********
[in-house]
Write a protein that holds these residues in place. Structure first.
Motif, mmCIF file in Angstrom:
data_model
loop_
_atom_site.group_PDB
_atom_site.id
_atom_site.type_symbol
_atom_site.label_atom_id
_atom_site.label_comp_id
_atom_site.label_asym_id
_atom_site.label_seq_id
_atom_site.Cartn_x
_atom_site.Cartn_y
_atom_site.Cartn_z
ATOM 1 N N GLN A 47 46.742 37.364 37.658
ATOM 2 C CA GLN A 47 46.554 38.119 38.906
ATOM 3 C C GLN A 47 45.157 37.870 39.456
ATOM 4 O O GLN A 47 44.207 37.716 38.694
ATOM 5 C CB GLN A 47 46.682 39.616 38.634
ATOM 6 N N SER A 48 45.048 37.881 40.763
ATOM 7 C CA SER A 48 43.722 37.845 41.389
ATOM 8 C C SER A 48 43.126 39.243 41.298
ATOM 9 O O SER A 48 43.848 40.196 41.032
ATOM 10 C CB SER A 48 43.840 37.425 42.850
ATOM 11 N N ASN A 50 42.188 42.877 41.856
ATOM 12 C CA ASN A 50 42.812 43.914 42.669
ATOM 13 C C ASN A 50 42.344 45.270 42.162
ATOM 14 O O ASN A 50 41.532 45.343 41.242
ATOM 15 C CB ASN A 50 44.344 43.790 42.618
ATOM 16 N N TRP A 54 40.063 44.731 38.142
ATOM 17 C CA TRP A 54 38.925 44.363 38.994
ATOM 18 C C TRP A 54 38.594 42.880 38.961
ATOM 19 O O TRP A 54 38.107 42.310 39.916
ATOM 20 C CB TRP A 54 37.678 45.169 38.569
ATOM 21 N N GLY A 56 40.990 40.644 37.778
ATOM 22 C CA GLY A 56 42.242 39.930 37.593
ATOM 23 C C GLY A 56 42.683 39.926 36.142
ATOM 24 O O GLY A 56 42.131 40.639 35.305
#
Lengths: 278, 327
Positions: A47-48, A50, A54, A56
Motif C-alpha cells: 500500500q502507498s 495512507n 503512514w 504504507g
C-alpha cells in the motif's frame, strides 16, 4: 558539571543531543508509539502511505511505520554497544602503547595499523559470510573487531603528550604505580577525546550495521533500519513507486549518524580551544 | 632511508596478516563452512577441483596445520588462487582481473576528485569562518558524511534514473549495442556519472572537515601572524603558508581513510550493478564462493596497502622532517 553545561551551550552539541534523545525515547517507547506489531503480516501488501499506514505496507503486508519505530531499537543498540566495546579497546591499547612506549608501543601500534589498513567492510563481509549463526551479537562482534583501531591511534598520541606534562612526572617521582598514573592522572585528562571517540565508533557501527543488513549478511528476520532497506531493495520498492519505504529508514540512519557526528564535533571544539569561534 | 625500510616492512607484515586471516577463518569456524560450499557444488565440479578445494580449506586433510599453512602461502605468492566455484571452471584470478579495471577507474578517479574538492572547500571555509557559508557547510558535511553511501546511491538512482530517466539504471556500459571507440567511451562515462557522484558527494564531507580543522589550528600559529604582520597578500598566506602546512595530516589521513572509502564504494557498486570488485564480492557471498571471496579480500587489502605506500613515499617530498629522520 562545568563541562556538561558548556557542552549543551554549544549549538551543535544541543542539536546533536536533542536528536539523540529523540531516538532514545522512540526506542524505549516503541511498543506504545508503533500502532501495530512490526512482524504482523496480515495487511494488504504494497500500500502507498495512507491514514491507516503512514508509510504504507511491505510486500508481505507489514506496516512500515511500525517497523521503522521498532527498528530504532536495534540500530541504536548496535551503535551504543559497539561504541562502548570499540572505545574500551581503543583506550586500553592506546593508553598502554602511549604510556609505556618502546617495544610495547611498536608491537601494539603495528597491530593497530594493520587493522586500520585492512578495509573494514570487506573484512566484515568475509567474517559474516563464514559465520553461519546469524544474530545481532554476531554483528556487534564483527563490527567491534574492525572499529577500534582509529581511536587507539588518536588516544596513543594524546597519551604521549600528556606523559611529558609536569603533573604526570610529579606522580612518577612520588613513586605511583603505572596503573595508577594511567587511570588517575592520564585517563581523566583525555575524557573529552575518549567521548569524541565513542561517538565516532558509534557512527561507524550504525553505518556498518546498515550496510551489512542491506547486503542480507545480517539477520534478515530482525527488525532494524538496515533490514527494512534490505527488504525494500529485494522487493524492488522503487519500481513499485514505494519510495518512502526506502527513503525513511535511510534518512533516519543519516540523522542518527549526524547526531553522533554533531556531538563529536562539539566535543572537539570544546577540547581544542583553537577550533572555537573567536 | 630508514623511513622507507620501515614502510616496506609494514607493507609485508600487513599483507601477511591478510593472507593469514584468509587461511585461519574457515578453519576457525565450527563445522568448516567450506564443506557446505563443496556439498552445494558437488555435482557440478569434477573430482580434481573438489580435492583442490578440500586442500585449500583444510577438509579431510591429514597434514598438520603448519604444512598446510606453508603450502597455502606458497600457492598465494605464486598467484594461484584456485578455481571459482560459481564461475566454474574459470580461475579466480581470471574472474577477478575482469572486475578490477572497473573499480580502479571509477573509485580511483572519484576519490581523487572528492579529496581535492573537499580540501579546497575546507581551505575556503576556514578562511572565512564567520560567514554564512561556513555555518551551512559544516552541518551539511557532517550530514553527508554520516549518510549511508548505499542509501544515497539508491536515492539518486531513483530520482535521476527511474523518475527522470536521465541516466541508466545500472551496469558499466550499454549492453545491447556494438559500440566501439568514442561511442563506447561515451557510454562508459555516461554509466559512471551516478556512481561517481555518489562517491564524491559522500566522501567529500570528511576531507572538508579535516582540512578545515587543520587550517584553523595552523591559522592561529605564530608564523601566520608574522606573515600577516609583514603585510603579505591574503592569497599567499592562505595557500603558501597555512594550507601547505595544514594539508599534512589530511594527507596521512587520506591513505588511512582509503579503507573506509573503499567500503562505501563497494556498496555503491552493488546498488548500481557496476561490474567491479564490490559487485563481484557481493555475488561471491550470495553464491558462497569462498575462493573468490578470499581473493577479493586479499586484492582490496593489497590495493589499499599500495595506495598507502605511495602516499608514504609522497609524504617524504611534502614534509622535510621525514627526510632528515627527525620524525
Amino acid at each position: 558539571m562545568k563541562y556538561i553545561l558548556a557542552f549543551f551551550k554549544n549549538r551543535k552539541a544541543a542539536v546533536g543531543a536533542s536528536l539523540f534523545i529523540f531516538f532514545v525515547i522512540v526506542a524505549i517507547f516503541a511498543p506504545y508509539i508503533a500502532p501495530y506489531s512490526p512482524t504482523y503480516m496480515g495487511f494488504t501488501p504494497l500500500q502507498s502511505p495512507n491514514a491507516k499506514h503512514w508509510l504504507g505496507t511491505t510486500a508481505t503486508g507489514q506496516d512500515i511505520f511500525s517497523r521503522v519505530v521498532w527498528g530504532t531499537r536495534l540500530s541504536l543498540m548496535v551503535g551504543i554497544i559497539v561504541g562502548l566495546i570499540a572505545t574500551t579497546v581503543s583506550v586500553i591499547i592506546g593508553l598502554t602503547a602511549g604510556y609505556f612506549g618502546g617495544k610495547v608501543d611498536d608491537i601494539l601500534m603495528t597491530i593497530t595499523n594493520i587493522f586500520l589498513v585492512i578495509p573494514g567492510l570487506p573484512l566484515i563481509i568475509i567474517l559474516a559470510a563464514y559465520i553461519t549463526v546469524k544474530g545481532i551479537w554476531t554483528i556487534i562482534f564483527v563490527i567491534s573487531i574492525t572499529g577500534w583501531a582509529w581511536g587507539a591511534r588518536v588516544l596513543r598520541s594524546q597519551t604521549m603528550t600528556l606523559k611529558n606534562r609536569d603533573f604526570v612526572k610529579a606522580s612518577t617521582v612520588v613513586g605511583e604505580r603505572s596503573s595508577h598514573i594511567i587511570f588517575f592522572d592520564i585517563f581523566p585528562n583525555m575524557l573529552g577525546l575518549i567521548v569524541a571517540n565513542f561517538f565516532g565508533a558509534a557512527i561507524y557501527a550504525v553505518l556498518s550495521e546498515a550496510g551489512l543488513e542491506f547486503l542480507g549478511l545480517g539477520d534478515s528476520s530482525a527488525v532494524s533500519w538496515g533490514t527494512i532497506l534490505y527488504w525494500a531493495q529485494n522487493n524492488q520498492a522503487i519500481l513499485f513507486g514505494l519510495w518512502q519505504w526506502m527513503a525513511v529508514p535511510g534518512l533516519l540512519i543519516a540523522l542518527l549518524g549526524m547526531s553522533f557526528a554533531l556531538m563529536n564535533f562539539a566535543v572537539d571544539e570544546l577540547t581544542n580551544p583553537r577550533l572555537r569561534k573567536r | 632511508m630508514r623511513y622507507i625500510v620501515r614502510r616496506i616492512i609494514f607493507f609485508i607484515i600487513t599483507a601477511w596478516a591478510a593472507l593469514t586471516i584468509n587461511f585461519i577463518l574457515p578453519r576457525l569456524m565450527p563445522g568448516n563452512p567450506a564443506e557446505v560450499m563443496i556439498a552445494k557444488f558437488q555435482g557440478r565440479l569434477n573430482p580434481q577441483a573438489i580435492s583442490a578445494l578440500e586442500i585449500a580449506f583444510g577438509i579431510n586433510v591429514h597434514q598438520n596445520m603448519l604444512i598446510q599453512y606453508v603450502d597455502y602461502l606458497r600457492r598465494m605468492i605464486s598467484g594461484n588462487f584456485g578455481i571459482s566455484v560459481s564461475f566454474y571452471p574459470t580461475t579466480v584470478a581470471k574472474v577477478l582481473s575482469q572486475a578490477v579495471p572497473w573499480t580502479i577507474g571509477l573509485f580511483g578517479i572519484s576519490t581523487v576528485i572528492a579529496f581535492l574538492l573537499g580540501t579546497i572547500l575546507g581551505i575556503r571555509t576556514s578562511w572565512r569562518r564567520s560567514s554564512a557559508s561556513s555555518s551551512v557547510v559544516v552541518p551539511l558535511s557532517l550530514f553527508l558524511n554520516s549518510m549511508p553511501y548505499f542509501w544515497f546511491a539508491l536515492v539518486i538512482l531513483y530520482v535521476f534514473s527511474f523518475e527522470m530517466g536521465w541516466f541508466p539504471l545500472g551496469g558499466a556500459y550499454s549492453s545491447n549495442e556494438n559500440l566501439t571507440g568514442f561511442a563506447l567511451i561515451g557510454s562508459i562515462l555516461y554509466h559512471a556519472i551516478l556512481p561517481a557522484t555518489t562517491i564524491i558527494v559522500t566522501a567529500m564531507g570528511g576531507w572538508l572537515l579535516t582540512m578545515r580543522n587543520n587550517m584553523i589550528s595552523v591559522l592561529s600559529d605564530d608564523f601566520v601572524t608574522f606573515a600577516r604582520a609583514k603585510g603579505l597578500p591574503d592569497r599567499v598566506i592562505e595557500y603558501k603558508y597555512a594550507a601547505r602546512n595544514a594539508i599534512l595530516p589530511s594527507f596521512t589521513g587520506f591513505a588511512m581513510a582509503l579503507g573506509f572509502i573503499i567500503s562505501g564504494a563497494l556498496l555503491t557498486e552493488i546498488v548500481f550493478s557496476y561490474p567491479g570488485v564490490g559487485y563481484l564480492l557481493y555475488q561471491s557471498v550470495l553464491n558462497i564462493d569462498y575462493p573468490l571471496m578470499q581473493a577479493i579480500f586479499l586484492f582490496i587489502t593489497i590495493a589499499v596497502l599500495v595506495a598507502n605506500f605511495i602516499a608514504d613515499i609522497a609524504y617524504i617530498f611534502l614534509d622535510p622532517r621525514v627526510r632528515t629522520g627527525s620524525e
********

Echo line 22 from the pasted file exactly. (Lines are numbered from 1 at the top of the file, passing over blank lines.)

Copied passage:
ATOM 7 C CA SER A 48 43.722 37.845 41.389